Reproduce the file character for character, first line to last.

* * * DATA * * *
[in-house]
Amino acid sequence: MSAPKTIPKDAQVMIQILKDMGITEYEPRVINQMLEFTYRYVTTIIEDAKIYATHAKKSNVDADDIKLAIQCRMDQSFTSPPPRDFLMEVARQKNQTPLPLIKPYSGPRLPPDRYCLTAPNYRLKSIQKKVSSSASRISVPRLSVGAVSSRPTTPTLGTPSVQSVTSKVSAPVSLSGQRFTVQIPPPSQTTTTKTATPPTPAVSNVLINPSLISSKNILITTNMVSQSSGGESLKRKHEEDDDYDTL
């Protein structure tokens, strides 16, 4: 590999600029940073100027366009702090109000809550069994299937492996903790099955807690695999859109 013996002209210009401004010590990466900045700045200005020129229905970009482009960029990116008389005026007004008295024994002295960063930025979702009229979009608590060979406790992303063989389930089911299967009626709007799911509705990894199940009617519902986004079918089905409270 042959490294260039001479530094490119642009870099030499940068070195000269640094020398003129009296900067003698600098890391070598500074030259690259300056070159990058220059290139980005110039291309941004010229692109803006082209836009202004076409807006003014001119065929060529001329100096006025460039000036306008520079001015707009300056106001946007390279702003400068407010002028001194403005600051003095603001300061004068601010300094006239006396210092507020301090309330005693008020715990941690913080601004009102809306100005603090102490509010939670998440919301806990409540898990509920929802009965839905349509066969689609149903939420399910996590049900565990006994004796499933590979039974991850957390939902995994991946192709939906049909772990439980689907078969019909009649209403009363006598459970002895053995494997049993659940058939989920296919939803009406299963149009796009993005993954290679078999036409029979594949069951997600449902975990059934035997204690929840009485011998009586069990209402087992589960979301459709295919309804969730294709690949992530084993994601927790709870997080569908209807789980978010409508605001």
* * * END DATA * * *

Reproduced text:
[in-house]
Amino acid sequence: MSAPKTIPKDAQVMIQILKDMGITEYEPRVINQMLEFTYRYVTTIIEDAKIYATHAKKSNVDADDIKLAIQCRMDQSFTSPPPRDFLMEVARQKNQTPLPLIKPYSGPRLPPDRYCLTAPNYRLKSIQKKVSSSASRISVPRLSVGAVSSRPTTPTLGTPSVQSVTSKVSAPVSLSGQRFTVQIPPPSQTTTTKTATPPTPAVSNVLINPSLISSKNILITTNMVSQSSGGESLKRKHEEDDDYDTL
């Protein structure tokens, strides 16, 4: 590999600029940073100027366009702090109000809550069994299937492996903790099955807690695999859109 013996002209210009401004010590990466900045700045200005020129229905970009482009960029990116008389005026007004008295024994002295960063930025979702009229979009608590060979406790992303063989389930089911299967009626709007799911509705990894199940009617519902986004079918089905409270 042959490294260039001479530094490119642009870099030499940068070195000269640094020398003129009296900067003698600098890391070598500074030259690259300056070159990058220059290139980005110039291309941004010229692109803006082209836009202004076409807006003014001119065929060529001329100096006025460039000036306008520079001015707009300056106001946007390279702003400068407010002028001194403005600051003095603001300061004068601010300094006239006396210092507020301090309330005693008020715990941690913080601004009102809306100005603090102490509010939670998440919301806990409540898990509920929802009965839905349509066969689609149903939420399910996590049900565990006994004796499933590979039974991850957390939902995994991946192709939906049909772990439980689907078969019909009649209403009363006598459970002895053995494997049993659940058939989920296919939803009406299963149009796009993005993954290679078999036409029979594949069951997600449902975990059934035997204690929840009485011998009586069990209402087992589960979301459709295919309804969730294709690949992530084993994601927790709870997080569908209807789980978010409508605001």